The employers said they would not discuss the situation with the unions at UGB until all the strikers had returned to work.

The Strike
The strikers mass meeting on Monday morning unanimously agreed that Wally Morton’s sacking was a flagrant act of victimisation. They resolved to continue the strike until he got his job back, and organised strikers to go round other factories, depots and the docks to ask them to black UGB bottles. The factory like many other factories in the area was on the south side of the river Thames and barges delivered raw materials for the glass manufacture directly to the factory site and collected glass bottles. In addition UGB had a contract with the Co-op to supply them with the glass bottles for children attending L.C.C schools. At the mass meeting a fulltime organiser of the South London District of the AEU spoke supporting the strike saying he expected it to be made official. He also said that union officials had met management that very morning but had got nowhere with them.

If all this was not serious enough for the Management the factories’ boiler workers struck on the Monday. The significance of this was that if the furnaces are not working no glass can be produced and it would take weeks to restart the furnaces once they had stopped working. The strikers knew this and stopped the oil coming into the site to fuel the furnaces. Management managed to keep them working until the end of the week.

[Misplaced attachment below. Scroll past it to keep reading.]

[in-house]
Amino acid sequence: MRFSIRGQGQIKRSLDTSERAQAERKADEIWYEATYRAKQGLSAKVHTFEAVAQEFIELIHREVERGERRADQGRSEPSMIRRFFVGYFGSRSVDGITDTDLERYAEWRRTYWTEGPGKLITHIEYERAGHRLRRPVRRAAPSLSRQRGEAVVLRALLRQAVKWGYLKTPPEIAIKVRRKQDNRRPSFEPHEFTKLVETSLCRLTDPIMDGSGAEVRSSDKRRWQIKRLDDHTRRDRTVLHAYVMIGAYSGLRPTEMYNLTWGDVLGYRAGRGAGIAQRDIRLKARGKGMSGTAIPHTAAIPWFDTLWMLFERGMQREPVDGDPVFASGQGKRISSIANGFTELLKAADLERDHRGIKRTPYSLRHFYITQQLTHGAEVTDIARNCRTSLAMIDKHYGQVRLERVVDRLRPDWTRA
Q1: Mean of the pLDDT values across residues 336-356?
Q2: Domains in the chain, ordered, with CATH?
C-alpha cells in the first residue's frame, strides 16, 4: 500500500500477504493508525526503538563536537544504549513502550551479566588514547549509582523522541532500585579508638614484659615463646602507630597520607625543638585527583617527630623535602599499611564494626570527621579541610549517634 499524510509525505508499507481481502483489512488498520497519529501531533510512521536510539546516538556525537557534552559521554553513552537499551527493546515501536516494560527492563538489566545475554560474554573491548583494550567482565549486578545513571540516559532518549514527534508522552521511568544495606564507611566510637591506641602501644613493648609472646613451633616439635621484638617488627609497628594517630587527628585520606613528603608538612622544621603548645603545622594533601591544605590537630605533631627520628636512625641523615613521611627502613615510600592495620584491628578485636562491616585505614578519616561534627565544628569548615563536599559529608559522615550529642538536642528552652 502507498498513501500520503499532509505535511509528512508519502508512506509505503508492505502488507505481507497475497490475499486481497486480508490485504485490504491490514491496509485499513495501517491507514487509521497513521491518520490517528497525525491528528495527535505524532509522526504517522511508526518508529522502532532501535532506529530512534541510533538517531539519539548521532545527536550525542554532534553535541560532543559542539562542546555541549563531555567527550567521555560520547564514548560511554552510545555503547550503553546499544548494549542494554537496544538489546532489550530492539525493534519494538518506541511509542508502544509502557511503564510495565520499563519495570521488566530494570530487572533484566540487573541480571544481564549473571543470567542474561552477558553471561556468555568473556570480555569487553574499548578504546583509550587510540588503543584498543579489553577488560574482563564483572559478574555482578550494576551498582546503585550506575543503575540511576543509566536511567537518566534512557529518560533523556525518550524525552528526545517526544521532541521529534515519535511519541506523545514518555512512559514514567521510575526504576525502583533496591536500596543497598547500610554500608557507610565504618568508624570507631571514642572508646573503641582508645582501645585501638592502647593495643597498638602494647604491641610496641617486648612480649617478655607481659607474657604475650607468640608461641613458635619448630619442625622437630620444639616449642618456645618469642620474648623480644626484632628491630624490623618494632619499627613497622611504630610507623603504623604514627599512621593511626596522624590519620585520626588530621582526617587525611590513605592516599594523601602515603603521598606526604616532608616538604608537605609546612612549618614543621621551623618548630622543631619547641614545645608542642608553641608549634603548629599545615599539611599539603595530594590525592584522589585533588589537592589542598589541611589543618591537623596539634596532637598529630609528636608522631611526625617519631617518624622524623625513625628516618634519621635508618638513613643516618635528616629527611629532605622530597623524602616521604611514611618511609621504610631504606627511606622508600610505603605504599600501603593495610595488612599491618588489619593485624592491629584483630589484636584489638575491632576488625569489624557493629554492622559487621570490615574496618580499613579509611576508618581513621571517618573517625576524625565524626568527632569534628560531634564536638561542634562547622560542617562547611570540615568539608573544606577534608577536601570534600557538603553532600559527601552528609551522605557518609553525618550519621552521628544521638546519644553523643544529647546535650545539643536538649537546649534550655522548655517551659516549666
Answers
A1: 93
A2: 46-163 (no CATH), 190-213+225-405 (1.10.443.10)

By the middle of the week the bottles had been blacked by Co-op workers and Thames stevedores who crewed the barges. Workers at the firm’s factory in St Helens’ had held a token strike in support of the Charlton strikers. In addition the Glasgow UGB workers had threatened an all out strike on Friday if the dispute had not been settled by then and the workers of Harveys a neighbouring factory had offered to organise collections for the strike fund.